Now it’s time to get down to business and show Sandra what I’m made of. She has a camera set up with a large white cue card directly next to it. Hands me a copy of the commercial and has me go over to the side of the room to practice out loud – there’s no point in saying it to myself. Then I get in front of the camera, slate and profile (say my name, then turn to each side and move my hair to my back shoulder), then begin. I do the commercial three or four times, all the while Sandra is giving me direction. Then we play it back and watch. We do this for three commercials. It’s fun. I don’t really enjoy watching myself, but I actually don’t mind today. I’m doing well. I feel confident.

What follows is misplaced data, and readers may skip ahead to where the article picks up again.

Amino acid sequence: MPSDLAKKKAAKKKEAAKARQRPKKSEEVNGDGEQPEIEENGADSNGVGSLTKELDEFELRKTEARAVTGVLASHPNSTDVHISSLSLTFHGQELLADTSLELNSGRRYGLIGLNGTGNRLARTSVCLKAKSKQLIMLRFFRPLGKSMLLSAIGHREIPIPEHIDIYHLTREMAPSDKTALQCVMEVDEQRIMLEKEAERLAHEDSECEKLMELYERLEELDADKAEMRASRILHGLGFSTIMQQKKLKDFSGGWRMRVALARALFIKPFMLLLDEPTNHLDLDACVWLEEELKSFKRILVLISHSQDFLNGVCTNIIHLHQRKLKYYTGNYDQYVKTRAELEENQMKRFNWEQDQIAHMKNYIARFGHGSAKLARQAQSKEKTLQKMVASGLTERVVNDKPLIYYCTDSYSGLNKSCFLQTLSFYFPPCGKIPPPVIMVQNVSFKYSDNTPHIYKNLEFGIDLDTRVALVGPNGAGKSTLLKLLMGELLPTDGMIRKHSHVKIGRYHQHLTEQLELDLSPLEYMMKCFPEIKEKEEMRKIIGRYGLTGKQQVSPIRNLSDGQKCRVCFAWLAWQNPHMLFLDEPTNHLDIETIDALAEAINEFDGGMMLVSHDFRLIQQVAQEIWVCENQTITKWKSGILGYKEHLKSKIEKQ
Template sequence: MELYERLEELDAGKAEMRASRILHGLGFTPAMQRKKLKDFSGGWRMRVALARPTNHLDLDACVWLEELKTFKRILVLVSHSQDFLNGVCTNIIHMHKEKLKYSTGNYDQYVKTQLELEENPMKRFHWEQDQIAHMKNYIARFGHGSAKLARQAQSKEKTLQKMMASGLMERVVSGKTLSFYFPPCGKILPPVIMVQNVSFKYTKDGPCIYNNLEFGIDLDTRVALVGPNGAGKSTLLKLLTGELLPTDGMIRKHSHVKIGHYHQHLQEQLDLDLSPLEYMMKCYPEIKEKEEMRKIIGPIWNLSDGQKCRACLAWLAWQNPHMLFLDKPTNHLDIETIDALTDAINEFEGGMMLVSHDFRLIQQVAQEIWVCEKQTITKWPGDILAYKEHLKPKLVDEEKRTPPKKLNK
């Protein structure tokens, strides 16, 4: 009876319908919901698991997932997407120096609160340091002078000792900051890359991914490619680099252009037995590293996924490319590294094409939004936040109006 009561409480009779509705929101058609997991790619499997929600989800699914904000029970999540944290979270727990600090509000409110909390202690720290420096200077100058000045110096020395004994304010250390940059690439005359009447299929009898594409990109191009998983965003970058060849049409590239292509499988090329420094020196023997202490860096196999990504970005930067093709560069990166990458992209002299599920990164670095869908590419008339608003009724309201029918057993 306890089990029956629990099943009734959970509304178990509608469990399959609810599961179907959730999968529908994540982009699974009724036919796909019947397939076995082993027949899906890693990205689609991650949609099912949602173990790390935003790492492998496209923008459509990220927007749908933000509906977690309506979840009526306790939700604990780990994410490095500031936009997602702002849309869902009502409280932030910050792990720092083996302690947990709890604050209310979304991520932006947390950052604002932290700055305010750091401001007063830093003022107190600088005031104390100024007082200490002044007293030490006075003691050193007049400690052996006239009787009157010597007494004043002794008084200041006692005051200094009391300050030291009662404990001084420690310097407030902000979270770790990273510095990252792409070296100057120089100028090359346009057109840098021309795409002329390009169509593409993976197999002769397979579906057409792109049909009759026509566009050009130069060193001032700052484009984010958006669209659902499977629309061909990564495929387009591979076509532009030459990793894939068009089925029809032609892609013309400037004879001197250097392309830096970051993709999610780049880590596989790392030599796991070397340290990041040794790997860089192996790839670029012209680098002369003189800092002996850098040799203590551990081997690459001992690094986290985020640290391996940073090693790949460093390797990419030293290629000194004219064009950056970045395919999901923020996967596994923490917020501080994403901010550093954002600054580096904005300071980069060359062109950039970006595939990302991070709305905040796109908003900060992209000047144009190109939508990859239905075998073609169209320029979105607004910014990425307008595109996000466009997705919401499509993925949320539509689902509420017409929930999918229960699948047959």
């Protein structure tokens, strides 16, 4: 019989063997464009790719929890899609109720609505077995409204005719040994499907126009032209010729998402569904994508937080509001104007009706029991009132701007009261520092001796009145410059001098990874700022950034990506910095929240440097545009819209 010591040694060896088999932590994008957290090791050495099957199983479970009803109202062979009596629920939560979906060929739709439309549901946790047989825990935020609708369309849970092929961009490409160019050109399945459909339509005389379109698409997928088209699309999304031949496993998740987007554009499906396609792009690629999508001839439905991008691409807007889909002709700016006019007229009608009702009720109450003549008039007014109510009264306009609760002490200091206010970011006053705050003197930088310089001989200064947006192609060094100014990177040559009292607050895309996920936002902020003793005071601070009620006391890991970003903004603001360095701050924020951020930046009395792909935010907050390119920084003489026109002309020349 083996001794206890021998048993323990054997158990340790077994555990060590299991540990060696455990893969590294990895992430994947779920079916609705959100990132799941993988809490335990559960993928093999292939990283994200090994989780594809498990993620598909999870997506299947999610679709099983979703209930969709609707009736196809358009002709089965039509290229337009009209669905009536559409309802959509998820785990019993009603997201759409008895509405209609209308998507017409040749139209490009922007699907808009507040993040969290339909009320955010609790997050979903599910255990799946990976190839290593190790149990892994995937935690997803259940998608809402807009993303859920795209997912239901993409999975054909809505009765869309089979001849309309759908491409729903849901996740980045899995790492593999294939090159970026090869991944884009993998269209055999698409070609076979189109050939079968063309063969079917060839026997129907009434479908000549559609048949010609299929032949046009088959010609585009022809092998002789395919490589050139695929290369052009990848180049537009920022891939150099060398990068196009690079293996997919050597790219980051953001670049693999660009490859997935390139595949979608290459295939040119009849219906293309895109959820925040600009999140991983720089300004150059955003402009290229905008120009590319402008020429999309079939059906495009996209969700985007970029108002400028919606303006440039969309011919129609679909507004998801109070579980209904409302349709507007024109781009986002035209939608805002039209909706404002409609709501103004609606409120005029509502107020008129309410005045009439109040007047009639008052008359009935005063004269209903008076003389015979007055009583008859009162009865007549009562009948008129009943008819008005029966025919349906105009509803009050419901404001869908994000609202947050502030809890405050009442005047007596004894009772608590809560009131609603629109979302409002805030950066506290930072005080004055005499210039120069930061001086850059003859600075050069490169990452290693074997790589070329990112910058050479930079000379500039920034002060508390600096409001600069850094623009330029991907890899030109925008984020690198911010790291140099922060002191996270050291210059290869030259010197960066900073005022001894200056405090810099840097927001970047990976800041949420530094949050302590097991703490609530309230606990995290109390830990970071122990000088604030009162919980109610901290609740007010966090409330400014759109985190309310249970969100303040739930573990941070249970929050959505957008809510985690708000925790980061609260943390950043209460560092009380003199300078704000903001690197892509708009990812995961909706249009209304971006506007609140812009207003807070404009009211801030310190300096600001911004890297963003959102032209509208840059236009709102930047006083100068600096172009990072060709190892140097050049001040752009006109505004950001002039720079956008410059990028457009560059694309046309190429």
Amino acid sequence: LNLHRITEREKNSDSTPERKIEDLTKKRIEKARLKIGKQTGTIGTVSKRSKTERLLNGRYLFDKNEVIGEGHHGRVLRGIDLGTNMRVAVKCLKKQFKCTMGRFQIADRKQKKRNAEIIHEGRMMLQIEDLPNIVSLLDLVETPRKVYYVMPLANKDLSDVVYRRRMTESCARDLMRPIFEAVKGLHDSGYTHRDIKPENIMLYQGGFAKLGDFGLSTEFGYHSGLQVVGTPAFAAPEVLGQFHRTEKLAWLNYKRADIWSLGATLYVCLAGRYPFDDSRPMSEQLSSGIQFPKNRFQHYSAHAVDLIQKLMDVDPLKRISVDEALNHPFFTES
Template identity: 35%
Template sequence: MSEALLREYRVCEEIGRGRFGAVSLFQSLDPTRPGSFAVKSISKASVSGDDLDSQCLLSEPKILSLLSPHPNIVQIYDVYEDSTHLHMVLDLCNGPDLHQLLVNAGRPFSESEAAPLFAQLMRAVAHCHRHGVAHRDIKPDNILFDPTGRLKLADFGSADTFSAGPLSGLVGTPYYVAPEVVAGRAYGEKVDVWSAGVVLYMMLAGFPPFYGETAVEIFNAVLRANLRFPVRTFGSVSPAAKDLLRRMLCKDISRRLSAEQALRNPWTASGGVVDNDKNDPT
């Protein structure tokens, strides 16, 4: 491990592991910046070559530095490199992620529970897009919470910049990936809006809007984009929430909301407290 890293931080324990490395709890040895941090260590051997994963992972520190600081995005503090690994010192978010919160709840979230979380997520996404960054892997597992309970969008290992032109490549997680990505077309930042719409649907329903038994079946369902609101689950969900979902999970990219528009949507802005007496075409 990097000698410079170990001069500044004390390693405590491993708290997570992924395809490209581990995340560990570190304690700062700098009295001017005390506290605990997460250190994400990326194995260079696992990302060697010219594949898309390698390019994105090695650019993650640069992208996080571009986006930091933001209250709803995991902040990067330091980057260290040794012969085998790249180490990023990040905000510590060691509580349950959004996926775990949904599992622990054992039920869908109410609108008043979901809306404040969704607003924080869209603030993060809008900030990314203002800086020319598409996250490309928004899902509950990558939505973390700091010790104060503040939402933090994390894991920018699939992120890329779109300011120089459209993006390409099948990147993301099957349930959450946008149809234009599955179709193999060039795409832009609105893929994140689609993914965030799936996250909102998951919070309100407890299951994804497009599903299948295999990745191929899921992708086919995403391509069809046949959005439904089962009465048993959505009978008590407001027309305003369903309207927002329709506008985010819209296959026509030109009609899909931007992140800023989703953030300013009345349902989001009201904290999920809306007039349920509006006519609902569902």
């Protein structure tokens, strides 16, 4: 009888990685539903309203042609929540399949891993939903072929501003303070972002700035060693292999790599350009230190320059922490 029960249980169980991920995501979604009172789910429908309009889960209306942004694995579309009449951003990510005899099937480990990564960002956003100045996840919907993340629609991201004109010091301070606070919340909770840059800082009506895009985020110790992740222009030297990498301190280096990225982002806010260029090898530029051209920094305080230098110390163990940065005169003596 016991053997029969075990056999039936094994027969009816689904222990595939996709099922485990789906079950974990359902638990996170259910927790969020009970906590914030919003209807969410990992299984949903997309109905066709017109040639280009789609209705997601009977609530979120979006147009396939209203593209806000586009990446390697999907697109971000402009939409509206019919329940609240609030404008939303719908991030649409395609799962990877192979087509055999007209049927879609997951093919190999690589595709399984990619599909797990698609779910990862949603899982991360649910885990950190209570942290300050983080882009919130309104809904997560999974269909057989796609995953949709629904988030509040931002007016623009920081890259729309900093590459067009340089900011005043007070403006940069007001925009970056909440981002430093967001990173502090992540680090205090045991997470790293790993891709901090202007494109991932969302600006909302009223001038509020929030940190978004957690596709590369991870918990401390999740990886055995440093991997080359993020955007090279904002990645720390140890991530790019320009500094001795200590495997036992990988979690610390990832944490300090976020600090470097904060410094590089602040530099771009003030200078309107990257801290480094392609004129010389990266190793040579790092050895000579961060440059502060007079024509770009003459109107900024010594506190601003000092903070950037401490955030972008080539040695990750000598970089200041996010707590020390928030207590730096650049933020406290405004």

We sit back down and talk about improv. I’m glad I finally have some experience in this area – I did the beginner level and level I at the PIT (People’s Improv Theatre) in New York. Sandra says I should continue doing it. Yea, I know. Improv is so scary, but once you put yourself out there, it can be quite freeing. “OK, let’s practice some improv.” My stomach immediately drops. It’s an instant reaction to improv – every single time. I tell Sandra and she just laughs.
First she hands me a spray bottle and rag. “Pretend your cleaning a window – the window is in front of you, in the camera frame. When you finish, stand back and look at your work like you’re proud of what you’ve done, then walk off camera.” Oh God, here we go. I get to work on my window, hoping I’m keeping it in the camera frame. I feel a little silly, but that’s improv for you. I stand back and feel good about my clean window, then walk off. Do it a couple more times. On the third one, Sandra tells me to add something at the end.